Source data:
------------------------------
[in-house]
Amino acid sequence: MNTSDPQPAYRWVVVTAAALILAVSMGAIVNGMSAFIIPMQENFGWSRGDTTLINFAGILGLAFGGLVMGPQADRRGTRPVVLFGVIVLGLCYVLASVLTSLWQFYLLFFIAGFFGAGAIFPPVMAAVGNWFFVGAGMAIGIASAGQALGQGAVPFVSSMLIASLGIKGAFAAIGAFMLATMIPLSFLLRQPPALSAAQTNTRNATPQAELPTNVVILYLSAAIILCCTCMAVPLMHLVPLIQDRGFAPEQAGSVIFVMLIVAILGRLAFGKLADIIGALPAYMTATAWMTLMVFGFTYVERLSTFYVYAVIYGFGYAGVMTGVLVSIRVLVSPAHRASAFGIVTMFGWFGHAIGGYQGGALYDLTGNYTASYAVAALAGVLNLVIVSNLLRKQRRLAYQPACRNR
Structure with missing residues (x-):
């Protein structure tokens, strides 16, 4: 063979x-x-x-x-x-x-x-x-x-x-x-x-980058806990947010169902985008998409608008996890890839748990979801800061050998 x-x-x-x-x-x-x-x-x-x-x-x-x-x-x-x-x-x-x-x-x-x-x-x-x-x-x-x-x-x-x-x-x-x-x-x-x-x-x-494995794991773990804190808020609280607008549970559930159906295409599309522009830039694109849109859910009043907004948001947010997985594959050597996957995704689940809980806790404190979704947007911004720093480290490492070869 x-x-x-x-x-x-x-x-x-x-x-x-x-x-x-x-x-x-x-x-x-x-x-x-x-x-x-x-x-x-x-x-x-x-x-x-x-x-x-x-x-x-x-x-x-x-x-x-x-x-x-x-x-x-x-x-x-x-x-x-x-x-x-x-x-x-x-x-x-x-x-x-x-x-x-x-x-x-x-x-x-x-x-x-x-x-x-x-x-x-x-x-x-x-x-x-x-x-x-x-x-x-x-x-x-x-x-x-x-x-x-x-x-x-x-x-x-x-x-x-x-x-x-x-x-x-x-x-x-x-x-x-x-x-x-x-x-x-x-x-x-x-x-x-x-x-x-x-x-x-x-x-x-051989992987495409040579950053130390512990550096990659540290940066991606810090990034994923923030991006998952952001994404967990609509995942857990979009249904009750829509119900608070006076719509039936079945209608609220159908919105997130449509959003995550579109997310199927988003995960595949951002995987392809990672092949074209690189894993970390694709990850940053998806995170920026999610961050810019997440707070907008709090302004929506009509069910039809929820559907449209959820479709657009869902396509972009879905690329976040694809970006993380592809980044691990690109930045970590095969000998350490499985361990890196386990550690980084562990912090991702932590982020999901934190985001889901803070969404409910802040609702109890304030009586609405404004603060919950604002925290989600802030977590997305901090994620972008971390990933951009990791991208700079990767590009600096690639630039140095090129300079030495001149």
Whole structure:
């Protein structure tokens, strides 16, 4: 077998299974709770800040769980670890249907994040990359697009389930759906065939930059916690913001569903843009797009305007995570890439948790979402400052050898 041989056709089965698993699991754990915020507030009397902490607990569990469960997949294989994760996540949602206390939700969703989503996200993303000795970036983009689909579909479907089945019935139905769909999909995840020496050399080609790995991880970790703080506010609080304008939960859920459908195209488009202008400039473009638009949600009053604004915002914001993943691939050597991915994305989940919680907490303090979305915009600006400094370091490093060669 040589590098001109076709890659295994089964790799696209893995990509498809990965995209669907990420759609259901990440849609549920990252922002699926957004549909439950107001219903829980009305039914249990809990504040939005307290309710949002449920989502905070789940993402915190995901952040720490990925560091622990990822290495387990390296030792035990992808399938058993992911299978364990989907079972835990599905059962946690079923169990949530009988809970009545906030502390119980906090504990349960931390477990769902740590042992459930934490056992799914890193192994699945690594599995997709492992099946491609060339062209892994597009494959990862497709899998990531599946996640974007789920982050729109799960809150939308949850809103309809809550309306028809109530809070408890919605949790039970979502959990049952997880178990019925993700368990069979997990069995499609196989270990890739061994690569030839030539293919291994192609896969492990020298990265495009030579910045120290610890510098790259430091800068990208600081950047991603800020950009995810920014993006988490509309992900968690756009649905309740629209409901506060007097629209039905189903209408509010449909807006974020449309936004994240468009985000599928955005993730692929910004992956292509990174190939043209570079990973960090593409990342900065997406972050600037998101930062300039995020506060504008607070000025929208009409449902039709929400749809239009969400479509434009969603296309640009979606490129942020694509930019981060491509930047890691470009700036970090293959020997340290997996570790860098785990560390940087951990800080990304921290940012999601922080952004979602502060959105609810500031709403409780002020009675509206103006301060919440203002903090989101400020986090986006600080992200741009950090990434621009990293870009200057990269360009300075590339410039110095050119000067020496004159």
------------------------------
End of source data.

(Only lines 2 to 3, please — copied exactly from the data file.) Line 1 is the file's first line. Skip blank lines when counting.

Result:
Amino acid sequence: MNTSDPQPAYRWVVVTAAALILAVSMGAIVNGMSAFIIPMQENFGWSRGDTTLINFAGILGLAFGGLVMGPQADRRGTRPVVLFGVIVLGLCYVLASVLTSLWQFYLLFFIAGFFGAGAIFPPVMAAVGNWFFVGAGMAIGIASAGQALGQGAVPFVSSMLIASLGIKGAFAAIGAFMLATMIPLSFLLRQPPALSAAQTNTRNATPQAELPTNVVILYLSAAIILCCTCMAVPLMHLVPLIQDRGFAPEQAGSVIFVMLIVAILGRLAFGKLADIIGALPAYMTATAWMTLMVFGFTYVERLSTFYVYAVIYGFGYAGVMTGVLVSIRVLVSPAHRASAFGIVTMFGWFGHAIGGYQGGALYDLTGNYTASYAVAALAGVLNLVIVSNLLRKQRRLAYQPACRNR
Structure with missing residues (x-):